Tools to find "unlegal" files ( videos , music etc )

Polytropon freebsd at
Tue Jul 19 06:02:38 UTC 2011

On Tue, 19 Jul 2011 00:05:27 -0500, Ryan Coleman wrote:
> Go to hell. He wants to rename the files that are illegal
> to ones that aren't.

It's not the file names that matter, it's the content.

Just assume that students at a university use a file server
to store pr0n although the terms of use prohibit doing so,
in one way or another. Then a clever student renames a 650 MB
movie to "My new essay 1.Doc". Although the file name does
not look suspicious, the content is still illegal.

With "illegal" in this context, a violation of the terms of
use is meant. It doesn't neccessarily imply any copyright
infingement, illegal copy, pirated copy or the like.

Of course, if a student illegally downloads music and then
names the tracks "My holiday 1.Jpeg", "My holiday 2.Jpeg",
"My holiday 3.Jpeg" and so on - the files being MP3 files
he pirated from somewhere - then you would in most countries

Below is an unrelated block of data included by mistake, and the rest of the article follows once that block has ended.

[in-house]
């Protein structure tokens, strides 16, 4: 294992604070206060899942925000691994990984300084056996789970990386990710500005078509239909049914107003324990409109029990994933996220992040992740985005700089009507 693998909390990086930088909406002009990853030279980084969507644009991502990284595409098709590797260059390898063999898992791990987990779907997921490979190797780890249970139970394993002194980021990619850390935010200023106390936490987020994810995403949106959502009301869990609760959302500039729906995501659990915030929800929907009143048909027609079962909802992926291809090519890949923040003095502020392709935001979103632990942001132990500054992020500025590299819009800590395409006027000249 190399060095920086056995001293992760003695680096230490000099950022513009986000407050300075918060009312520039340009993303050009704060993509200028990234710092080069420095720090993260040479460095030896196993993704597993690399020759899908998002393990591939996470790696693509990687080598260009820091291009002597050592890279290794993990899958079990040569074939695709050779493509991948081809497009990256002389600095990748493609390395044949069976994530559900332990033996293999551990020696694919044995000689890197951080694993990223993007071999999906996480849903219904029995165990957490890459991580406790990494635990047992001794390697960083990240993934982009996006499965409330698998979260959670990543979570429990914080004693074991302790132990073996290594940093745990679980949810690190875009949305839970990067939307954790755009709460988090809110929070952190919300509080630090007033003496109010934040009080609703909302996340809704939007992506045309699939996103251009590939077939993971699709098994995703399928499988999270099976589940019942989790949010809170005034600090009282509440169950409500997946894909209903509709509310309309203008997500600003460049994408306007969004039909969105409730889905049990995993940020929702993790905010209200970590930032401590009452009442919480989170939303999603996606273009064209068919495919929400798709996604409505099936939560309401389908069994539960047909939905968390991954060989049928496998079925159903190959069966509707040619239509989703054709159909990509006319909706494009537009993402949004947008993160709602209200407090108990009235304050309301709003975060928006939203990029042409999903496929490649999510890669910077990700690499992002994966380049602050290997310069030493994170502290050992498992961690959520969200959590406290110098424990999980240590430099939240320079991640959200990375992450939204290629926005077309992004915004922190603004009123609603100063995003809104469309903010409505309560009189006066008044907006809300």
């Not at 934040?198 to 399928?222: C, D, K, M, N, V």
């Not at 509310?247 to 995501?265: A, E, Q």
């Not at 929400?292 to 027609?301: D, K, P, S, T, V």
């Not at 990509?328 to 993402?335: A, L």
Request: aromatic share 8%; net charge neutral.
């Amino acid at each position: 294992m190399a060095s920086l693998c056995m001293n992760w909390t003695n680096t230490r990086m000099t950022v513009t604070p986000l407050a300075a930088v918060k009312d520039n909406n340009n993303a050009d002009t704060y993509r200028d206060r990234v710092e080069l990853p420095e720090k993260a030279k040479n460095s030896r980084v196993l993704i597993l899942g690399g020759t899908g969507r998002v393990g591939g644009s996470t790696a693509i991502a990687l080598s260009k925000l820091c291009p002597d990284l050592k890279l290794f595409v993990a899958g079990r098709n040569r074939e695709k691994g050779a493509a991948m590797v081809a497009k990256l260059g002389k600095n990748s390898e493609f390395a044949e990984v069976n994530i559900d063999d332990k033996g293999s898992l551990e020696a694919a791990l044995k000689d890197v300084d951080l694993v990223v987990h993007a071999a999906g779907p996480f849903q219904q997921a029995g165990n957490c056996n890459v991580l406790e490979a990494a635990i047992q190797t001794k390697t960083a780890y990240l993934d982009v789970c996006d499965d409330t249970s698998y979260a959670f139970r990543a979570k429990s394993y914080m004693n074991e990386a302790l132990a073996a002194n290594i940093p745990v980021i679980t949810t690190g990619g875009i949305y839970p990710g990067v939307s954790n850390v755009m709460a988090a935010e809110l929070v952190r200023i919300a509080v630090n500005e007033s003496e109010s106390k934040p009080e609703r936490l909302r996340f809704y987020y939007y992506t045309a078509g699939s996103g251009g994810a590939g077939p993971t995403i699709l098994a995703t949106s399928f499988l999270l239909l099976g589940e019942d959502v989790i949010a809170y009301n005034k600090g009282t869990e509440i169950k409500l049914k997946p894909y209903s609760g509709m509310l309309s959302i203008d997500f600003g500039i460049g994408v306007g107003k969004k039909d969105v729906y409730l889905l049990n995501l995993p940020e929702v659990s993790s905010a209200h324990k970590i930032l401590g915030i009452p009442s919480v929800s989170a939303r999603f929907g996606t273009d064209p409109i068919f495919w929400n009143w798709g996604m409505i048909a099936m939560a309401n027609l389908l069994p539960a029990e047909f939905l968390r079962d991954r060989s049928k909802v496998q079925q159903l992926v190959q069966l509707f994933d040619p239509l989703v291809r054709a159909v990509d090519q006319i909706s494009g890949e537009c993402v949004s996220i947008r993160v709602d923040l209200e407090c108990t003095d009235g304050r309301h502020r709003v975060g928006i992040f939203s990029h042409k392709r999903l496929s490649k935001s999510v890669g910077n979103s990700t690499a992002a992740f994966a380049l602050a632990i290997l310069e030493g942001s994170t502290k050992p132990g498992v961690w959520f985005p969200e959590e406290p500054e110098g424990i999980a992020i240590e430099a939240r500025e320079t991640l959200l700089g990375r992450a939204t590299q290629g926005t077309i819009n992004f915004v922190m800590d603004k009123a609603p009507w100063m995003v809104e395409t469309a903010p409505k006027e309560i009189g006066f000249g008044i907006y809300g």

definitely have a case as you described.

But after all, it depends on country-specific laws on what's
considered illegal in _whatever_ context.

> That's circumventing copyright law and would land him or her
> in jail. This topic, based solely on ethics, should not be
> discussed as any suggestions that this is LEGAL to do supports
> copyright violations.

I think the question indicates the OP's struggle _against_
such actions.

> I would record those names and DELETE them but only if the TOS
> supports it.

In most cases, TOS include certain permissions for IT operations
staff to "maintain system healthcare" which traditionally includes
a certain surveillance of user activity and file contents.

> If it does not, then you get the DCMA notice and handle it
> accordingly from the copyright holder.

Applies to the U.S. only, correct?

Magdeburg, Germany
Happy FreeBSD user since 4.0
Andra moi ennepe, Mousa, ...

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